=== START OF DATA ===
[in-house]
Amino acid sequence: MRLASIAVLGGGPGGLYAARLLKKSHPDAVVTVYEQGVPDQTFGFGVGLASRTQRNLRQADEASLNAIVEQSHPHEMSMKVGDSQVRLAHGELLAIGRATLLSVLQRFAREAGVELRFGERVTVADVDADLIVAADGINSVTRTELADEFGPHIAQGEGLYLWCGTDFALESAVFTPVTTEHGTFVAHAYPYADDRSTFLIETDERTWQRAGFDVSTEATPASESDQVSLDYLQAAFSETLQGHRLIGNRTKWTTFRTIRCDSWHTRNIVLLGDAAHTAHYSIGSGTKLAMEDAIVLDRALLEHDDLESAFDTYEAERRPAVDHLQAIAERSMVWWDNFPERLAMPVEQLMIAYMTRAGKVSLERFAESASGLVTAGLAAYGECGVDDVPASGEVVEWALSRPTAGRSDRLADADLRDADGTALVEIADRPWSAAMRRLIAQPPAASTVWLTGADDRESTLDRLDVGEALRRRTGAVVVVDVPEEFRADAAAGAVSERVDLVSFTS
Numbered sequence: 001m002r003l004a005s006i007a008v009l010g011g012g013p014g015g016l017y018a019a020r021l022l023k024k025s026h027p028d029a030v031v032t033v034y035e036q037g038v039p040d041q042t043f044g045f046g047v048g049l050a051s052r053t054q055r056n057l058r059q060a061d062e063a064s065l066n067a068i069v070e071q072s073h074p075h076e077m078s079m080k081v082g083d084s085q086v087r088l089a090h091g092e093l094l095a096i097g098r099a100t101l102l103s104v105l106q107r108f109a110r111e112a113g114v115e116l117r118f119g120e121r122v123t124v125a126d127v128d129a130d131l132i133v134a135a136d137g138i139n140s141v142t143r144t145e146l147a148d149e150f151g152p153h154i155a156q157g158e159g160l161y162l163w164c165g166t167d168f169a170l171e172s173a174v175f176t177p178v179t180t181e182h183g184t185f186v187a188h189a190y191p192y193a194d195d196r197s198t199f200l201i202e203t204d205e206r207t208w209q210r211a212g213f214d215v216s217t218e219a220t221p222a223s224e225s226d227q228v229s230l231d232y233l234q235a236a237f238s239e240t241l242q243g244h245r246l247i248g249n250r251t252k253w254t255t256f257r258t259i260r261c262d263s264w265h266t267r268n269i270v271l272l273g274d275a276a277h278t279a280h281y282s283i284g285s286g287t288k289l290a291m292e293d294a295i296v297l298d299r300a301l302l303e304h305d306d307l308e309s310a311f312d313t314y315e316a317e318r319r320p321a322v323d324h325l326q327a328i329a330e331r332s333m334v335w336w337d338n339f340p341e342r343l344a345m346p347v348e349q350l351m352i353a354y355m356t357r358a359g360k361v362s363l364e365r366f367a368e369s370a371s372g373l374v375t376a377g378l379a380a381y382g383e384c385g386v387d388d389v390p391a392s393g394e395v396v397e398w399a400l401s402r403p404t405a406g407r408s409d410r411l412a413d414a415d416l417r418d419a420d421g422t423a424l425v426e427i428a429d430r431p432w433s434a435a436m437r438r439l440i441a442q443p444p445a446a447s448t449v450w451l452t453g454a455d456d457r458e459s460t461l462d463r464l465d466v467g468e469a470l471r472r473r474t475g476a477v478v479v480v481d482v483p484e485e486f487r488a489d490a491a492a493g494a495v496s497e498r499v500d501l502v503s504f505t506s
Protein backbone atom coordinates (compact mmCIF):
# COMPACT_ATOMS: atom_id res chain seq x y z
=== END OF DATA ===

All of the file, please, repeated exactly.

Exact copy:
[in-house]
Amino acid sequence: MRLASIAVLGGGPGGLYAARLLKKSHPDAVVTVYEQGVPDQTFGFGVGLASRTQRNLRQADEASLNAIVEQSHPHEMSMKVGDSQVRLAHGELLAIGRATLLSVLQRFAREAGVELRFGERVTVADVDADLIVAADGINSVTRTELADEFGPHIAQGEGLYLWCGTDFALESAVFTPVTTEHGTFVAHAYPYADDRSTFLIETDERTWQRAGFDVSTEATPASESDQVSLDYLQAAFSETLQGHRLIGNRTKWTTFRTIRCDSWHTRNIVLLGDAAHTAHYSIGSGTKLAMEDAIVLDRALLEHDDLESAFDTYEAERRPAVDHLQAIAERSMVWWDNFPERLAMPVEQLMIAYMTRAGKVSLERFAESASGLVTAGLAAYGECGVDDVPASGEVVEWALSRPTAGRSDRLADADLRDADGTALVEIADRPWSAAMRRLIAQPPAASTVWLTGADDRESTLDRLDVGEALRRRTGAVVVVDVPEEFRADAAAGAVSERVDLVSFTS
Numbered sequence: 001m002r003l004a005s006i007a008v009l010g011g012g013p014g015g016l017y018a019a020r021l022l023k024k025s026h027p028d029a030v031v032t033v034y035e036q037g038v039p040d041q042t043f044g045f046g047v048g049l050a051s052r053t054q055r056n057l058r059q060a061d062e063a064s065l066n067a068i069v070e071q072s073h074p075h076e077m078s079m080k081v082g083d084s085q086v087r088l089a090h091g092e093l094l095a096i097g098r099a100t101l102l103s104v105l106q107r108f109a110r111e112a113g114v115e116l117r118f119g120e121r122v123t124v125a126d127v128d129a130d131l132i133v134a135a136d137g138i139n140s141v142t143r144t145e146l147a148d149e150f151g152p153h154i155a156q157g158e159g160l161y162l163w164c165g166t167d168f169a170l171e172s173a174v175f176t177p178v179t180t181e182h183g184t185f186v187a188h189a190y191p192y193a194d195d196r197s198t199f200l201i202e203t204d205e206r207t208w209q210r211a212g213f214d215v216s217t218e219a220t221p222a223s224e225s226d227q228v229s230l231d232y233l234q235a236a237f238s239e240t241l242q243g244h245r246l247i248g249n250r251t252k253w254t255t256f257r258t259i260r261c262d263s264w265h266t267r268n269i270v271l272l273g274d275a276a277h278t279a280h281y282s283i284g285s286g287t288k289l290a291m292e293d294a295i296v297l298d299r300a301l302l303e304h305d306d307l308e309s310a311f312d313t314y315e316a317e318r319r320p321a322v323d324h325l326q327a328i329a330e331r332s333m334v335w336w337d338n339f340p341e342r343l344a345m346p347v348e349q350l351m352i353a354y355m356t357r358a359g360k361v362s363l364e365r366f367a368e369s370a371s372g373l374v375t376a377g378l379a380a381y382g383e384c385g386v387d388d389v390p391a392s393g394e395v396v397e398w399a400l401s402r403p404t405a406g407r408s409d410r411l412a413d414a415d416l417r418d419a420d421g422t423a424l425v426e427i428a429d430r431p432w433s434a435a436m437r438r439l440i441a442q443p444p445a446a447s448t449v450w451l452t453g454a455d456d457r458e459s460t461l462d463r464l465d466v467g468e469a470l471r472r473r474t475g476a477v478v479v480v481d482v483p484e485e486f487r488a489d490a491a492a493g494a495v496s497e498r499v500d501l502v503s504f505t506s
Protein backbone atom coordinates (compact mmCIF):
# COMPACT_ATOMS: atom_id res chain seq x y z